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First post, by chrismeyer6

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I read this article on Hack-A-Day this morning. It's about a 72 year old guy named Tom and his wife who run a business selling floppy disks. https://hackaday.com/2022/09/21/floppy-disk-s … ou-might-think/

Sorry if this has been posted before but I thought it would be a fun read for us all here.

The business website is www.floppydisk.com

He also owns www.diskduper.com he offers disk backup and duplication services.

Reply 3 of 44, by ThinkpadIL

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"We buy new floppy disks and recycle used ones."
...
"SALE! 50 pack New 1.44 MB 3.5" disks Only $59.95!"
Profit.

I'm not against any kind of legal business, but when someone tries to sell me something at a more than twice a market price and calls it "SALE"... No, thank you. 🙂

Reply 5 of 44, by Jo22

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ThinkpadIL wrote on 2022-09-21, 15:57:

I'm not against any kind of legal business, but when someone tries to sell me something at a more than twice a market price and calls it "SALE"... No, thank you. 🙂

The Amiga hardware scene is way worse, maybe.
It doesn't charge for an arm and a leg, but both pairs of them. 😁

"Time, it seems, doesn't flow. For some it's fast, for some it's slow.
In what to one race is no time at all, another race can rise and fall..." - The Minstrel

//My video channel//

Reply 6 of 44, by thepirategamerboy12

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ThinkpadIL wrote on 2022-09-21, 15:57:
"We buy new floppy disks and recycle used ones." ... "SALE! 50 pack New 1.44 MB 3.5" disks Only $59.95!" Profit. […]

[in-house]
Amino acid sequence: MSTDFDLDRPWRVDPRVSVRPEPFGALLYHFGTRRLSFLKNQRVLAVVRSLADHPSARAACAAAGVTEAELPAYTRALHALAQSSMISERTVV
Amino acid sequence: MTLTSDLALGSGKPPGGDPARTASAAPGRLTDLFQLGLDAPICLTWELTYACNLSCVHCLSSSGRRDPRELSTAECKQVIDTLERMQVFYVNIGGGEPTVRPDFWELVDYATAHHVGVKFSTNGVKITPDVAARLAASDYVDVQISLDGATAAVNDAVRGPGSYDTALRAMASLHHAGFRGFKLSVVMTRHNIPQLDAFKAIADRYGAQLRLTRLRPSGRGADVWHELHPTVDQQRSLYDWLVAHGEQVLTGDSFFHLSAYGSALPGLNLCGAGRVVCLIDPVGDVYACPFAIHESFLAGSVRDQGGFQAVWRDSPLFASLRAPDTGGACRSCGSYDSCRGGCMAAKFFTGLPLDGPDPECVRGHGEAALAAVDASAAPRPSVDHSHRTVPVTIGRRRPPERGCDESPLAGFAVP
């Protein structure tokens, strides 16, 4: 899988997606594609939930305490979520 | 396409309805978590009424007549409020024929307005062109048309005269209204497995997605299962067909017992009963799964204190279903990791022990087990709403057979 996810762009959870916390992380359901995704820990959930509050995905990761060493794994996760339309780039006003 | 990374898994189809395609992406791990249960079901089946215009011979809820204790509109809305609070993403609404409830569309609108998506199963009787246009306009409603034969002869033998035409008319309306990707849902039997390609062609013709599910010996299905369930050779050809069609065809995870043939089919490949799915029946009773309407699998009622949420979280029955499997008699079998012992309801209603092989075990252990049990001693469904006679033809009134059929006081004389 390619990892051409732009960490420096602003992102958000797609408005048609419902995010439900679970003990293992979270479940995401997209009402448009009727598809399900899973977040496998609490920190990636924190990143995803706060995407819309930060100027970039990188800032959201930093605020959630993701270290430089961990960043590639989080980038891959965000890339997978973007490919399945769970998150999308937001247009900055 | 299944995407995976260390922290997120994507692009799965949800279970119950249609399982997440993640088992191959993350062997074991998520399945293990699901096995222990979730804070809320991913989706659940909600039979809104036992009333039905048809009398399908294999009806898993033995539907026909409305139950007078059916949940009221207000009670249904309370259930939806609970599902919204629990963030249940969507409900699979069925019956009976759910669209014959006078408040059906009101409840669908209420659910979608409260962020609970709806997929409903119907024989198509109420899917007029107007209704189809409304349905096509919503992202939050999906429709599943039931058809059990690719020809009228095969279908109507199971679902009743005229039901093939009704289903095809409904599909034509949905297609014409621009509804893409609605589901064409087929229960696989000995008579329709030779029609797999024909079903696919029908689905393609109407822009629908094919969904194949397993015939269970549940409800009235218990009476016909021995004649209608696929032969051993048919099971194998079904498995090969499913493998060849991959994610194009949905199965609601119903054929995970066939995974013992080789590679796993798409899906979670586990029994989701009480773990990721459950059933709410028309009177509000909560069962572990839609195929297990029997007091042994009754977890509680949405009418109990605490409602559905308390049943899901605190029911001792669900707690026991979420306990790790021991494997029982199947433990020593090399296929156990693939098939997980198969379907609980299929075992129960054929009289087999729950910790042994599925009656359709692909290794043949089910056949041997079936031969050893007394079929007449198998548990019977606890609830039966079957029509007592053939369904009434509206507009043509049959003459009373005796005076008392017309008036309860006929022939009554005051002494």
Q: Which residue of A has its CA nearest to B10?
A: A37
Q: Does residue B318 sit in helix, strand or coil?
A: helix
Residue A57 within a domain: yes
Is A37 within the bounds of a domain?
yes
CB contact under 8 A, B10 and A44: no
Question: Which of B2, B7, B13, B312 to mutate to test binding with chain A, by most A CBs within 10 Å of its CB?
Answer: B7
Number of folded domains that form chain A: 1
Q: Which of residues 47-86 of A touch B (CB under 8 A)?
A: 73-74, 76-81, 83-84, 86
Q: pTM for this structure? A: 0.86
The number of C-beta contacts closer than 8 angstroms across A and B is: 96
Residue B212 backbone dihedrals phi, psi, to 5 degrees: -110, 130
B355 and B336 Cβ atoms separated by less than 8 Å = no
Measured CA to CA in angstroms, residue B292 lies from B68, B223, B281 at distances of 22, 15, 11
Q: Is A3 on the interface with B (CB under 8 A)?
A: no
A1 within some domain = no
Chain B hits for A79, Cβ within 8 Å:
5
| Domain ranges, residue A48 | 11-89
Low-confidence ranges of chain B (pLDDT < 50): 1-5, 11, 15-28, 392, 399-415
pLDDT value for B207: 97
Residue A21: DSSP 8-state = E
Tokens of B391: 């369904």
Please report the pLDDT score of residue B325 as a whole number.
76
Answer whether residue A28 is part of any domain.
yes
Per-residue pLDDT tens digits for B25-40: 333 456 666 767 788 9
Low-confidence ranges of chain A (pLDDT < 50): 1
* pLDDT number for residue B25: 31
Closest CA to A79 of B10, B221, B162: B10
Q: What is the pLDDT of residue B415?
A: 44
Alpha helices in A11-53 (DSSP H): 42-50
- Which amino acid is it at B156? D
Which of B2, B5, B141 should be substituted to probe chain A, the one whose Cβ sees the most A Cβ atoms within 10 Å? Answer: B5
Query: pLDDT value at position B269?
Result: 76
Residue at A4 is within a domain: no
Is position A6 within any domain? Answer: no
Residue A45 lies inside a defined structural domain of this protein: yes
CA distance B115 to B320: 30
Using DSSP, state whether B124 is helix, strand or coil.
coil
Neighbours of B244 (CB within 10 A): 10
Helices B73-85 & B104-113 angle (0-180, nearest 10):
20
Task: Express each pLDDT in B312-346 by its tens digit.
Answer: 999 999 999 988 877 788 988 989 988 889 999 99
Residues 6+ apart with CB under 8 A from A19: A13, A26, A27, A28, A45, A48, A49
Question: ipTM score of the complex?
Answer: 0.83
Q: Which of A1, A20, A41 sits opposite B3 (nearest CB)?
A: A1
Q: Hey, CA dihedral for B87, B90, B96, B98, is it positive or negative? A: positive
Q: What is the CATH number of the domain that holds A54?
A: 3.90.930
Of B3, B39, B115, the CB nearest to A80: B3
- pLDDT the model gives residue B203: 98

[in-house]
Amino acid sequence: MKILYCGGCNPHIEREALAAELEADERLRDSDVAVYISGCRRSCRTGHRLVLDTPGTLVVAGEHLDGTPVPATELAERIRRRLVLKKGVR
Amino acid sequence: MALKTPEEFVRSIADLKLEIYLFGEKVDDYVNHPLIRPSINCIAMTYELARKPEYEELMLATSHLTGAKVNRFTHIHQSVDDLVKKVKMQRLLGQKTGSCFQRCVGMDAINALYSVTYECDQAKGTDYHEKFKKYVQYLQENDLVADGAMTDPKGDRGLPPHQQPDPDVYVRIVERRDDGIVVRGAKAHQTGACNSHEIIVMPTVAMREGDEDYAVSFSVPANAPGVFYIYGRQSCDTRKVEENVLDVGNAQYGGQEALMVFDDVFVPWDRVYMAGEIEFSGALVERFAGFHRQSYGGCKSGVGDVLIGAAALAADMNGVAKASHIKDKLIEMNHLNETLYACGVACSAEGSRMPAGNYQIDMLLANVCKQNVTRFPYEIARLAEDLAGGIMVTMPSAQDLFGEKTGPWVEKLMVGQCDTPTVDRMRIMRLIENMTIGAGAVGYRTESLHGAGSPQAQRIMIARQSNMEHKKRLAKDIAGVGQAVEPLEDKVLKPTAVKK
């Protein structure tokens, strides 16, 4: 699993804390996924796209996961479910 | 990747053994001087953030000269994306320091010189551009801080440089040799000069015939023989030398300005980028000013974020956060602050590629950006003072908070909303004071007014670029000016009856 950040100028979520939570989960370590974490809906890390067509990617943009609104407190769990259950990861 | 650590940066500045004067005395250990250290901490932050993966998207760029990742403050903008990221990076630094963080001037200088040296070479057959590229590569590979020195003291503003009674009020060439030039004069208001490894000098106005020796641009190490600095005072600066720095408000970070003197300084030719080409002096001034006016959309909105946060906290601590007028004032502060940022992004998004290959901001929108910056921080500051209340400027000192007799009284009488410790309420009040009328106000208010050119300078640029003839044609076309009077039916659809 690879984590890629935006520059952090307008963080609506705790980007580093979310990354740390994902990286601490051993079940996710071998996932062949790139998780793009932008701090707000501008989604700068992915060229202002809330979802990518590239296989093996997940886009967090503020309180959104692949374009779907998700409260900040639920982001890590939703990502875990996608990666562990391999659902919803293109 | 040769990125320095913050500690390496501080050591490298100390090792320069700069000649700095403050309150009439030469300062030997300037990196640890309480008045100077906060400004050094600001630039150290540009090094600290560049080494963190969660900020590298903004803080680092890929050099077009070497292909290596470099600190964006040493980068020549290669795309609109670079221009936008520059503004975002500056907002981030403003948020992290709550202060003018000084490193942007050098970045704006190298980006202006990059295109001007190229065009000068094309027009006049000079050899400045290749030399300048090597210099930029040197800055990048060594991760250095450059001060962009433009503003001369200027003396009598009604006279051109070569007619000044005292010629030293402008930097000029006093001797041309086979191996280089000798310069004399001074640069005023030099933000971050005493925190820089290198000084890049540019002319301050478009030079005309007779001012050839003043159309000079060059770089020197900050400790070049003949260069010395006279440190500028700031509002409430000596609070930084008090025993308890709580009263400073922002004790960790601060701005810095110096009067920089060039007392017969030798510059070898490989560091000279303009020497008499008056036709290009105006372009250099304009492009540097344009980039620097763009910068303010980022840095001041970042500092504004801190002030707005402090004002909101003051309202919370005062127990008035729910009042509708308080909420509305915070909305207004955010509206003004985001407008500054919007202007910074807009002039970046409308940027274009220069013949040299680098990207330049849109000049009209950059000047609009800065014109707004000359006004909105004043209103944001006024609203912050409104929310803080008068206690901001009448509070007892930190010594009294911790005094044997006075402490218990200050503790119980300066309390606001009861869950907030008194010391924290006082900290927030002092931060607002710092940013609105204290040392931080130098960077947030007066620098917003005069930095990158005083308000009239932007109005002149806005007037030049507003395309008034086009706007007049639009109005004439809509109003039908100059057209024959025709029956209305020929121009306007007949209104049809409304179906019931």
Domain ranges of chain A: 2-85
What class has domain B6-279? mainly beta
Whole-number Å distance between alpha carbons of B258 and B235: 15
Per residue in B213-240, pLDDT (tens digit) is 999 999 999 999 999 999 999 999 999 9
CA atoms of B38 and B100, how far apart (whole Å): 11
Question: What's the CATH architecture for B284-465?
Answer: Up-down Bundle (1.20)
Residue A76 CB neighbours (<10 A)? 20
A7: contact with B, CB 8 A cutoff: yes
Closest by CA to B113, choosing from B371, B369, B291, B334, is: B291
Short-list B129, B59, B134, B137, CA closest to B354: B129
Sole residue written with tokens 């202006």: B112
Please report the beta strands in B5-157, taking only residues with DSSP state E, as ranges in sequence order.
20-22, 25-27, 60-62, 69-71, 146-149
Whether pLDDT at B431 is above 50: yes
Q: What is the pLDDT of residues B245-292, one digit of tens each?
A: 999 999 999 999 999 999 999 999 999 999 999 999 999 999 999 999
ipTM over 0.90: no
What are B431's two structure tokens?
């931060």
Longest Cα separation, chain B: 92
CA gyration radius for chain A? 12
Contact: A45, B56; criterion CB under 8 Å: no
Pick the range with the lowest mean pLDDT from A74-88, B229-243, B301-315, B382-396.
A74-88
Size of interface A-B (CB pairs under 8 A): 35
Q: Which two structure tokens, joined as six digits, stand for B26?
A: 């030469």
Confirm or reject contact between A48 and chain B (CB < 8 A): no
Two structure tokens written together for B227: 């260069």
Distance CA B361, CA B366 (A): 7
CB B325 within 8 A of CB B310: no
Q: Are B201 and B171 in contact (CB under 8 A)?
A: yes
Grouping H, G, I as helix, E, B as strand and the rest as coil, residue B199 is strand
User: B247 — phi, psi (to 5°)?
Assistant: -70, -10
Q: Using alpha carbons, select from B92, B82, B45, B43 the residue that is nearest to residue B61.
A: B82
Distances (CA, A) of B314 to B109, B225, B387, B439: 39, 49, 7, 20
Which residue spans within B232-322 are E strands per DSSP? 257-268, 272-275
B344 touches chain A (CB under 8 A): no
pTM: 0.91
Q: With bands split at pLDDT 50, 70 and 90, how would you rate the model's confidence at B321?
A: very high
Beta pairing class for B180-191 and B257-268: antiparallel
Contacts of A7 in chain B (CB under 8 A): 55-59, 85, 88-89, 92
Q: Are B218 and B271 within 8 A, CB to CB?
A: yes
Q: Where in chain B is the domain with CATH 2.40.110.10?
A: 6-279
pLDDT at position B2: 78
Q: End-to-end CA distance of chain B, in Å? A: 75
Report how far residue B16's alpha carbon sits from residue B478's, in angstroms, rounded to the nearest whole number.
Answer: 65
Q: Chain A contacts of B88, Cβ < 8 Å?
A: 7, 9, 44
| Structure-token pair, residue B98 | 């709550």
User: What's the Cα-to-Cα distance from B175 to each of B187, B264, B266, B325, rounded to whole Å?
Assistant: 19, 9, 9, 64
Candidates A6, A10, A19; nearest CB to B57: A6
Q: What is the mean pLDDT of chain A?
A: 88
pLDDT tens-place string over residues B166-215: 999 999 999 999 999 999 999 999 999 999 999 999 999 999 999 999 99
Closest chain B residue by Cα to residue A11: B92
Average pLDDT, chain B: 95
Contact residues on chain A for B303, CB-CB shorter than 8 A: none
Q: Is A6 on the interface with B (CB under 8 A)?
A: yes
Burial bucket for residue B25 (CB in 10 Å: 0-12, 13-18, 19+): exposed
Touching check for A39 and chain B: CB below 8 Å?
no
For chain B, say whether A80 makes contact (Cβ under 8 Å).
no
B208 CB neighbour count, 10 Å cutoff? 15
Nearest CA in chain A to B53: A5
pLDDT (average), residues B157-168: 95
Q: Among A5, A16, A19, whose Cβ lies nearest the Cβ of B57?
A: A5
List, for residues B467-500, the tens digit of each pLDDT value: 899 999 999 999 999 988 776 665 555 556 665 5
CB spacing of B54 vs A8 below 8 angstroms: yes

Show full quote

"We buy new floppy disks and recycle used ones."
...
"SALE! 50 pack New 1.44 MB 3.5" disks Only $59.95!"
Profit.

I'm not against any kind of legal business, but when someone tries to sell me something at a more than twice a market price and calls it "SALE"... No, thank you. 🙂

I got a brand new 100 pack of floppies while thrifting one time for $5. 🤣

Reply 7 of 44, by ThinkpadIL

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Jo22 wrote on 2022-09-21, 16:20:
ThinkpadIL wrote on 2022-09-21, 15:57:

I'm not against any kind of legal business, but when someone tries to sell me something at a more than twice a market price and calls it "SALE"... No, thank you. 🙂

The Amiga hardware scene is way worse, maybe.
It doesn't charge for an arm and a leg, but both pairs of them. 😁

Well, when someone charges sky high prices for something that I can't find at half a price around a corner, I have no problem. But when this very moment on eBay I can buy the same 50 pack Verbatim 3.5" floppies for $24.99 instead of $59.95, that's funny. 🙂

And their "recycling program" is even more funny - "RECYCLE 3.5" FLOPPY DISKS: We accept any quantity of diskettes. If you send more than 200 disks, we reimburse shipping based on media mail rates.". So if you want to send them for free less than 200 disks, you have to pay a shipping cost. And then they pack them with a plastic wrap and sell for $19.95.

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They even don't remove old labels or sort them by the color or brand!!! 😄

Reply 8 of 44, by Jo22

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ThinkpadIL wrote on 2022-09-21, 16:47:

recycled.jpg

They even don't remove old labels or sort them by the color or brand!!! 😄

Hm, right. But at least they're HD diskettes, so they never saw the throat of Amiga drives, which is good. 😁

Edit: On the other hand.. The sleeves are missing; there's no card board or paper included, to bind humidity.

"Time, it seems, doesn't flow. For some it's fast, for some it's slow.
In what to one race is no time at all, another race can rise and fall..." - The Minstrel

//My video channel//

Reply 9 of 44, by rmay635703

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Joakim wrote on 2022-09-21, 16:14: